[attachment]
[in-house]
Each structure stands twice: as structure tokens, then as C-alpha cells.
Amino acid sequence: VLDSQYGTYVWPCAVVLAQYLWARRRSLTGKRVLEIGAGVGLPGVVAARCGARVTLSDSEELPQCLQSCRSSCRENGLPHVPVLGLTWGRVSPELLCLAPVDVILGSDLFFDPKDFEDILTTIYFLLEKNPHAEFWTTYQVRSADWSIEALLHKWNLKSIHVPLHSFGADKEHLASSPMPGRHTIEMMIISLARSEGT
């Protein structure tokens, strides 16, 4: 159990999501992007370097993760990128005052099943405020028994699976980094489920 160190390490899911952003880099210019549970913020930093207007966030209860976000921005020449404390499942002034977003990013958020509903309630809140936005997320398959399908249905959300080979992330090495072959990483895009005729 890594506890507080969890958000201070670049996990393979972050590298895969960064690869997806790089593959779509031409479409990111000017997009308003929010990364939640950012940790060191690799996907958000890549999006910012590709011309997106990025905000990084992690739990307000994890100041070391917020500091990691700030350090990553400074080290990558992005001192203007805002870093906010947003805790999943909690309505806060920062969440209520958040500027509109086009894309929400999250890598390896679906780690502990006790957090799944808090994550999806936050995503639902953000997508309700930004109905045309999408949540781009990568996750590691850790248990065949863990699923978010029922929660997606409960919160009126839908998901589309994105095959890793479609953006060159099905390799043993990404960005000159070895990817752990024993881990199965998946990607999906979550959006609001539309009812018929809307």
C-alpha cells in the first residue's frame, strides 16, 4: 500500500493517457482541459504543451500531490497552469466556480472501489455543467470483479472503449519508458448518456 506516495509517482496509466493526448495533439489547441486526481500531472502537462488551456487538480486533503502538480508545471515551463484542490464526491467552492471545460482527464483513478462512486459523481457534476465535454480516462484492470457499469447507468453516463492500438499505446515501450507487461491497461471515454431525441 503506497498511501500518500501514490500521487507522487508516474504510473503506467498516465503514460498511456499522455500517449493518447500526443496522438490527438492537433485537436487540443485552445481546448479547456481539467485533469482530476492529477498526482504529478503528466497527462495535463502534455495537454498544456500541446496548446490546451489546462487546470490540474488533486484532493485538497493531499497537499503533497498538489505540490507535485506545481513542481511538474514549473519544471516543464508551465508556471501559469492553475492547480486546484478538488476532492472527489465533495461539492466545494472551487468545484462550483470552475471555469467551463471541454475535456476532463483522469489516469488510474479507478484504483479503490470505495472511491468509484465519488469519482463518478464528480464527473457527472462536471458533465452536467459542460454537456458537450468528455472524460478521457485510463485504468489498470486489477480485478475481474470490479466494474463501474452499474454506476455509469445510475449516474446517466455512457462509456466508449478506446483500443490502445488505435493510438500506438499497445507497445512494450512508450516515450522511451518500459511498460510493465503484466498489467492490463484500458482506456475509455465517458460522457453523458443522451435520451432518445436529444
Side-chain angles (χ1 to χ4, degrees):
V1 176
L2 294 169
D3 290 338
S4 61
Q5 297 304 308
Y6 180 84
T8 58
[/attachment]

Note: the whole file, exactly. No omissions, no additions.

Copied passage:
[in-house]
Each structure stands twice: as structure tokens, then as C-alpha cells.
Amino acid sequence: VLDSQYGTYVWPCAVVLAQYLWARRRSLTGKRVLEIGAGVGLPGVVAARCGARVTLSDSEELPQCLQSCRSSCRENGLPHVPVLGLTWGRVSPELLCLAPVDVILGSDLFFDPKDFEDILTTIYFLLEKNPHAEFWTTYQVRSADWSIEALLHKWNLKSIHVPLHSFGADKEHLASSPMPGRHTIEMMIISLARSEGT
């Protein structure tokens, strides 16, 4: 159990999501992007370097993760990128005052099943405020028994699976980094489920 160190390490899911952003880099210019549970913020930093207007966030209860976000921005020449404390499942002034977003990013958020509903309630809140936005997320398959399908249905959300080979992330090495072959990483895009005729 890594506890507080969890958000201070670049996990393979972050590298895969960064690869997806790089593959779509031409479409990111000017997009308003929010990364939640950012940790060191690799996907958000890549999006910012590709011309997106990025905000990084992690739990307000994890100041070391917020500091990691700030350090990553400074080290990558992005001192203007805002870093906010947003805790999943909690309505806060920062969440209520958040500027509109086009894309929400999250890598390896679906780690502990006790957090799944808090994550999806936050995503639902953000997508309700930004109905045309999408949540781009990568996750590691850790248990065949863990699923978010029922929660997606409960919160009126839908998901589309994105095959890793479609953006060159099905390799043993990404960005000159070895990817752990024993881990199965998946990607999906979550959006609001539309009812018929809307």
C-alpha cells in the first residue's frame, strides 16, 4: 500500500493517457482541459504543451500531490497552469466556480472501489455543467470483479472503449519508458448518456 506516495509517482496509466493526448495533439489547441486526481500531472502537462488551456487538480486533503502538480508545471515551463484542490464526491467552492471545460482527464483513478462512486459523481457534476465535454480516462484492470457499469447507468453516463492500438499505446515501450507487461491497461471515454431525441 503506497498511501500518500501514490500521487507522487508516474504510473503506467498516465503514460498511456499522455500517449493518447500526443496522438490527438492537433485537436487540443485552445481546448479547456481539467485533469482530476492529477498526482504529478503528466497527462495535463502534455495537454498544456500541446496548446490546451489546462487546470490540474488533486484532493485538497493531499497537499503533497498538489505540490507535485506545481513542481511538474514549473519544471516543464508551465508556471501559469492553475492547480486546484478538488476532492472527489465533495461539492466545494472551487468545484462550483470552475471555469467551463471541454475535456476532463483522469489516469488510474479507478484504483479503490470505495472511491468509484465519488469519482463518478464528480464527473457527472462536471458533465452536467459542460454537456458537450468528455472524460478521457485510463485504468489498470486489477480485478475481474470490479466494474463501474452499474454506476455509469445510475449516474446517466455512457462509456466508449478506446483500443490502445488505435493510438500506438499497445507497445512494450512508450516515450522511451518500459511498460510493465503484466498489467492490463484500458482506456475509455465517458460522457453523458443522451435520451432518445436529444
Side-chain angles (χ1 to χ4, degrees):
V1 176
L2 294 169
D3 290 338
S4 61
Q5 297 304 308
Y6 180 84
T8 58